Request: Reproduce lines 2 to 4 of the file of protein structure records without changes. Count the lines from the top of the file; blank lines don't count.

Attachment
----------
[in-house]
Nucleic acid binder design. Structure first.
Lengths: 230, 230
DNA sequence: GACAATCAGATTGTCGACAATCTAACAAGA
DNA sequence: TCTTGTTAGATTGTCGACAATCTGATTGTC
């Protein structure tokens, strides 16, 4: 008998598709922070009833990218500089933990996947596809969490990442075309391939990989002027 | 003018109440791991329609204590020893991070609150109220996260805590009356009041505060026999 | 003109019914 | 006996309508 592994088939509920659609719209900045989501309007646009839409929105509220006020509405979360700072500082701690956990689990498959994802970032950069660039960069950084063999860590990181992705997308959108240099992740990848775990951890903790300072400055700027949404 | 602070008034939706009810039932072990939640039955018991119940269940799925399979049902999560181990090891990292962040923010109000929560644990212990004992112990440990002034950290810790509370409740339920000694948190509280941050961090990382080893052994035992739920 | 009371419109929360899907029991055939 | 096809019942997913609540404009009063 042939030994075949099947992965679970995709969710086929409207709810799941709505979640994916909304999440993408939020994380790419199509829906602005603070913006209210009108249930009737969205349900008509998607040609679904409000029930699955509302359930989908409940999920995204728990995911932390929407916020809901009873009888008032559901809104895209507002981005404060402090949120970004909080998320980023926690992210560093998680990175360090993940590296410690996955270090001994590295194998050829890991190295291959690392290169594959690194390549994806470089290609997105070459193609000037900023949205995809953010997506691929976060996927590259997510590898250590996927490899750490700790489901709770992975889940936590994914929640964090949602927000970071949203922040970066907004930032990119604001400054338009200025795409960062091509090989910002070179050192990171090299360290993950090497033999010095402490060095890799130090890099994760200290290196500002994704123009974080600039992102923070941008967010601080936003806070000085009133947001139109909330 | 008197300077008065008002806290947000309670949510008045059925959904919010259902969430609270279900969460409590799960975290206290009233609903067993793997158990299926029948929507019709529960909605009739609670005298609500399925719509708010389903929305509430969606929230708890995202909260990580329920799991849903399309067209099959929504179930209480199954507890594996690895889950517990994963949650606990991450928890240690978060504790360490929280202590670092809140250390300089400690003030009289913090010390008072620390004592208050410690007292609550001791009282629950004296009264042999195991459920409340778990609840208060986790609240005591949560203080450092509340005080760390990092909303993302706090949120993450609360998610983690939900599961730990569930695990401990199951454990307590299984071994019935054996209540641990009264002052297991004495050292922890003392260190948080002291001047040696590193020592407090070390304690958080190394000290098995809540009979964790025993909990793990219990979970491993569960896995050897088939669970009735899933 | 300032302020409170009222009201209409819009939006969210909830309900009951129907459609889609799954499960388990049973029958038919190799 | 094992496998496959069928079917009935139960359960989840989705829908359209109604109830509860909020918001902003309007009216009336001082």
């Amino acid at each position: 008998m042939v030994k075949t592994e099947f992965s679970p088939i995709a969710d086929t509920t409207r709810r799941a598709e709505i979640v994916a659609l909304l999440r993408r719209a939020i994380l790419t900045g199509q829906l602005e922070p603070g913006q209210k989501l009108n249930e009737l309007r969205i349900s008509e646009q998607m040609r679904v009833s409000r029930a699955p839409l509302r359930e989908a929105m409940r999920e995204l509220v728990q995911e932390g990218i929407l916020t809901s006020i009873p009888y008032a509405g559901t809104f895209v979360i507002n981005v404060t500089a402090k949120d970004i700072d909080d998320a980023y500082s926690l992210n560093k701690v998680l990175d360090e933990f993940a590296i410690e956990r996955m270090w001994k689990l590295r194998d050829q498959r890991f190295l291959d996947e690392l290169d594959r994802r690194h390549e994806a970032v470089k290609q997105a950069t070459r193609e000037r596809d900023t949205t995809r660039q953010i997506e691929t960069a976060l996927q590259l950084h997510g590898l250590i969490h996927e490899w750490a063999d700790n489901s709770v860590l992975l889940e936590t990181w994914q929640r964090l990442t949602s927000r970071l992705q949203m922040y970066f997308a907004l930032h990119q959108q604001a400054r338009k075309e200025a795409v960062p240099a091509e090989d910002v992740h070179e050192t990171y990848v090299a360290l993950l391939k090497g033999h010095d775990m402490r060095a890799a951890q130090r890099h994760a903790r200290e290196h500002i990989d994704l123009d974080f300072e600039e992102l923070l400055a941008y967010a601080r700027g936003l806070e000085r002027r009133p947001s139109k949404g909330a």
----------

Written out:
Nucleic acid binder design. Structure first.
Lengths: 230, 230
DNA sequence: GACAATCAGATTGTCGACAATCTAACAAGA